EU ENVIRONMENT MINISTERS DISCUSS CO2 STANDARDS FOR HDV
During the Environment Council which took place in Brussels on 16 March, EU ministers had the opportunity to provide preliminary comments to the Commission proposal revising the CO2 standards for new heavy-duty vehicles, which was presented last month.
For reference, the Commission proposal extends the scope of the Regulation to nearly all trucks above 5 tonnes, with some exception regarding vocational vehicles, trucks with specific axle configurations or small manufacturers. The emission reduction targets are strengthened in 2030 from -30% to -45% and new targets are set at -65% from 2035 and -90% from 2040 onwards.
The exchanges following the Commission presentation of the proposal revealed two groups of Members States: the first group – composed of at least the Netherlands, Belgium, Ireland, Luxembourg and Denmark – welcomed the proposal as a good step towards the decarbonisation of road freight transport, even calling for a stronger targets in order to reach zero emission trucking by 2040-2050. Some of these Member states have already voiced their position in joint non-paper published ahead of the adoption of the proposal, calling for a 100% emission reduction target, a strengthened 2030 target and an extension of the scope.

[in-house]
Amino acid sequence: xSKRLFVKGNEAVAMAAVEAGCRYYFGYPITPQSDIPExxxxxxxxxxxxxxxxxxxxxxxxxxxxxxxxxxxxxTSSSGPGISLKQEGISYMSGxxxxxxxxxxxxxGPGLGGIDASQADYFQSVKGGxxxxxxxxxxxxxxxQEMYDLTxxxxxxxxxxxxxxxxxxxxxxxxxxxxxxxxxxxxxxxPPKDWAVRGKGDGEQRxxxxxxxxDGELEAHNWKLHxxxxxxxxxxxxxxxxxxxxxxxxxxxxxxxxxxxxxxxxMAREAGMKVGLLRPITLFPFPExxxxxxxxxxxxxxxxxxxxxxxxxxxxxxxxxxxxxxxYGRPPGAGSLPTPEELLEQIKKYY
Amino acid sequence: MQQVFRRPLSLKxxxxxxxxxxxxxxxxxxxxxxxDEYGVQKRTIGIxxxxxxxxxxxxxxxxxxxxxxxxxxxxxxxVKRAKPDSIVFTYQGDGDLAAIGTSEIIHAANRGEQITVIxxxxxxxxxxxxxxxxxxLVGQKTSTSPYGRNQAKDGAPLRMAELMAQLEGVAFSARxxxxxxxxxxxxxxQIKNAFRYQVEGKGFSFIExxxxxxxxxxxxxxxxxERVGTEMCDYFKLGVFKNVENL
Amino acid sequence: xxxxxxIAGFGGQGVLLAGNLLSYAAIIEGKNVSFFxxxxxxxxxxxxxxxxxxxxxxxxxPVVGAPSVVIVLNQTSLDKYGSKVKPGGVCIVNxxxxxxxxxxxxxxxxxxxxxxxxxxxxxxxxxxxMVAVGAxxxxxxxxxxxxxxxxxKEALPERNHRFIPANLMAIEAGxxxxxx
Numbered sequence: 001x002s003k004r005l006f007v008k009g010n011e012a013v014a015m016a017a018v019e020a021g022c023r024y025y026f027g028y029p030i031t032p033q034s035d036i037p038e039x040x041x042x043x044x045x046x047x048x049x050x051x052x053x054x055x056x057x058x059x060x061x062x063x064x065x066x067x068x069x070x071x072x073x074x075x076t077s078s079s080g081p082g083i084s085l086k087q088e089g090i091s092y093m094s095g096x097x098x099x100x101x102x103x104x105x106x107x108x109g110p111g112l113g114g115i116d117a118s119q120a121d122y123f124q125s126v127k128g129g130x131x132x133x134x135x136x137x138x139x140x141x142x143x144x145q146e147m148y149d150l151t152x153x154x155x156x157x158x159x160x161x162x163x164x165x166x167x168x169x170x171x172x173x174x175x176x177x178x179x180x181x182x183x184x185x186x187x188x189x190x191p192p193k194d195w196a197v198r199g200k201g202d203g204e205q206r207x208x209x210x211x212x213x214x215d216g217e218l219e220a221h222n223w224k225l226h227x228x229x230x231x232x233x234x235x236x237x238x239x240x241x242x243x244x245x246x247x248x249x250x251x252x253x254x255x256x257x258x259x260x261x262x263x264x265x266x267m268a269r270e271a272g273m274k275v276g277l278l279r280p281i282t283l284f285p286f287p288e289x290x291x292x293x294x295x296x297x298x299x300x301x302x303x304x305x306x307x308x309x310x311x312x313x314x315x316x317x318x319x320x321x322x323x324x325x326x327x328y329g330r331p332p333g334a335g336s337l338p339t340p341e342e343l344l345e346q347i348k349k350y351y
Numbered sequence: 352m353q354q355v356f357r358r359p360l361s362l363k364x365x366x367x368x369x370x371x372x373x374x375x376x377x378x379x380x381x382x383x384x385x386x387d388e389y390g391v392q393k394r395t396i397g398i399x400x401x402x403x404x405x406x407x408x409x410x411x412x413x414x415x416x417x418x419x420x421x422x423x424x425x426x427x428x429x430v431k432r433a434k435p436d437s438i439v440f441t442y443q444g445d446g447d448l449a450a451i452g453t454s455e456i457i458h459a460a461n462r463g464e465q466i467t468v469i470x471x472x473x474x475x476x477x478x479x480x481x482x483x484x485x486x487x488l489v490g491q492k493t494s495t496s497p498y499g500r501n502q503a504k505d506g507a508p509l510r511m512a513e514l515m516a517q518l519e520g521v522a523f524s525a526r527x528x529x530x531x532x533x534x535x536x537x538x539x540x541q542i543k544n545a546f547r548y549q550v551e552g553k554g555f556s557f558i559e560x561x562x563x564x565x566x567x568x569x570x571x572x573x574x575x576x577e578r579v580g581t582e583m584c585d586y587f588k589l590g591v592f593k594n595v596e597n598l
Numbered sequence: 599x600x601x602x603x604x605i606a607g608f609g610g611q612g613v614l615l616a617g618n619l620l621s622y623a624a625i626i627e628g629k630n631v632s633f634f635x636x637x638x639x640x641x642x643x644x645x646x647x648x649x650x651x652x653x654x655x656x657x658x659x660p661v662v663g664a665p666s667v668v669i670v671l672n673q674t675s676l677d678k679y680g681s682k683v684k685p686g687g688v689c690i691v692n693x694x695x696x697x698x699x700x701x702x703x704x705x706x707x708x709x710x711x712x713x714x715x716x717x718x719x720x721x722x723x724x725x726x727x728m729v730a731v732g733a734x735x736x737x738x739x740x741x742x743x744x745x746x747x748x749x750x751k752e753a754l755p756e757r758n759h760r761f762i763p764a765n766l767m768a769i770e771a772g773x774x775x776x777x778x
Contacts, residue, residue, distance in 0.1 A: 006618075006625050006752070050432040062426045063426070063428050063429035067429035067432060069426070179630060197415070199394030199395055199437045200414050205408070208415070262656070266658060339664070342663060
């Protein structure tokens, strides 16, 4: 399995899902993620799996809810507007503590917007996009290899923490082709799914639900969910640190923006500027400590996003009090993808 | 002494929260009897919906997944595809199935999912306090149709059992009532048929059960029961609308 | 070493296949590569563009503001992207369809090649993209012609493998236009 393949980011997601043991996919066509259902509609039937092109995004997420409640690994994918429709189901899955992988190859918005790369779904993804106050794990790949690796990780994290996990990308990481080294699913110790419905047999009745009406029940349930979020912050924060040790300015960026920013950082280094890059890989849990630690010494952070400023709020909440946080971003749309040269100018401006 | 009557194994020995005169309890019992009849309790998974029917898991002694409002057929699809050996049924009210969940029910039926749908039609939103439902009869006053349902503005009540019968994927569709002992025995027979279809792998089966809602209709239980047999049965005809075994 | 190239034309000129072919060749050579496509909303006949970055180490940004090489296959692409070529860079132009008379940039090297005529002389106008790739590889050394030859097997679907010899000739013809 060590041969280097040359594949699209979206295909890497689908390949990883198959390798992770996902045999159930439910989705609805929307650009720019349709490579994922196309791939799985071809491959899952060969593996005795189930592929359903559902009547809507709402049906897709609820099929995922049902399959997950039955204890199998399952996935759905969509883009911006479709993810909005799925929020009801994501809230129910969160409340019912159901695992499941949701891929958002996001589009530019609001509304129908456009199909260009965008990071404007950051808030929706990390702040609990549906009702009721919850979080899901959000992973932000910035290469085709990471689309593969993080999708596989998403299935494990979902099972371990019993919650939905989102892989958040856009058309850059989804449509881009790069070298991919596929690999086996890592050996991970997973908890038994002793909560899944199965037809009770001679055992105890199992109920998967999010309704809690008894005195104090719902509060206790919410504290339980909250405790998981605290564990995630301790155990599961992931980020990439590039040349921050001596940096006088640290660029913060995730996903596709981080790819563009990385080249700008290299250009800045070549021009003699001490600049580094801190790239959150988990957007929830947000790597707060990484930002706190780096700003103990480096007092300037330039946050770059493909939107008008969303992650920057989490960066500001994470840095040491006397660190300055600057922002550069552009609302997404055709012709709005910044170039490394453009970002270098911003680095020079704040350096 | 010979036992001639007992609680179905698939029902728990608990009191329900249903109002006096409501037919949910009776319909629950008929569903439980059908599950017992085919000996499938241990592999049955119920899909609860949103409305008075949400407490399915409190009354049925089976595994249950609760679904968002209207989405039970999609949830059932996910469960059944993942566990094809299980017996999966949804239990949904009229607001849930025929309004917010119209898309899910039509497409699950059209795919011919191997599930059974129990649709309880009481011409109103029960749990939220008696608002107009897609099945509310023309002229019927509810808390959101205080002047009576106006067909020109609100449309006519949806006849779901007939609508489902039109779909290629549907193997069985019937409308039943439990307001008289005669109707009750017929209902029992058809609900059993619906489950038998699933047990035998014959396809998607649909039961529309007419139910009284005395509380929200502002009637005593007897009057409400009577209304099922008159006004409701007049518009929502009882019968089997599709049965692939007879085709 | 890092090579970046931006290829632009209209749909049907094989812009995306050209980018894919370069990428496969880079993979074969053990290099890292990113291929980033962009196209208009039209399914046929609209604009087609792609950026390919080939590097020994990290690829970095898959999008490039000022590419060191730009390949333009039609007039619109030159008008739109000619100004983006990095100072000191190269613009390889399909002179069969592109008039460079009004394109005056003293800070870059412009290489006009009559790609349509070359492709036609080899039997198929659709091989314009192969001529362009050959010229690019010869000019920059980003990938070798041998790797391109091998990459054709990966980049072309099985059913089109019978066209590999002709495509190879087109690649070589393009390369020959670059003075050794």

On the other hand, Italy, Greece, Finland, Estonia and Czechia took the floor during the meeting, asking for a more realistic objective in the decarbonisation of heavy-duty road transport. These Member States showed preference for a more technology-neutral approach, allowing low-carbon and renewable fuels such as biofuels, e-fuels, to be taken into account or at least used for reducing emission from road freight transport. Finland also pointed out that very-heavy long-haul transport would continue to rely on internal combustion engines in the coming years, as their electrification potential is not sufficiently mature to decarbonise this vehicle segment with electric batteries or green hydrogen.
The Swedish Presidency announced that a policy debate will be held at the next Environment Council in June, in order to drive the discussion in the respective technical working groups. This would mean that it does not intend to reach a general approach under its Presidency. The following presidencies, namely Spain or Belgium, will be tasked to find a agreement among Member states on this file.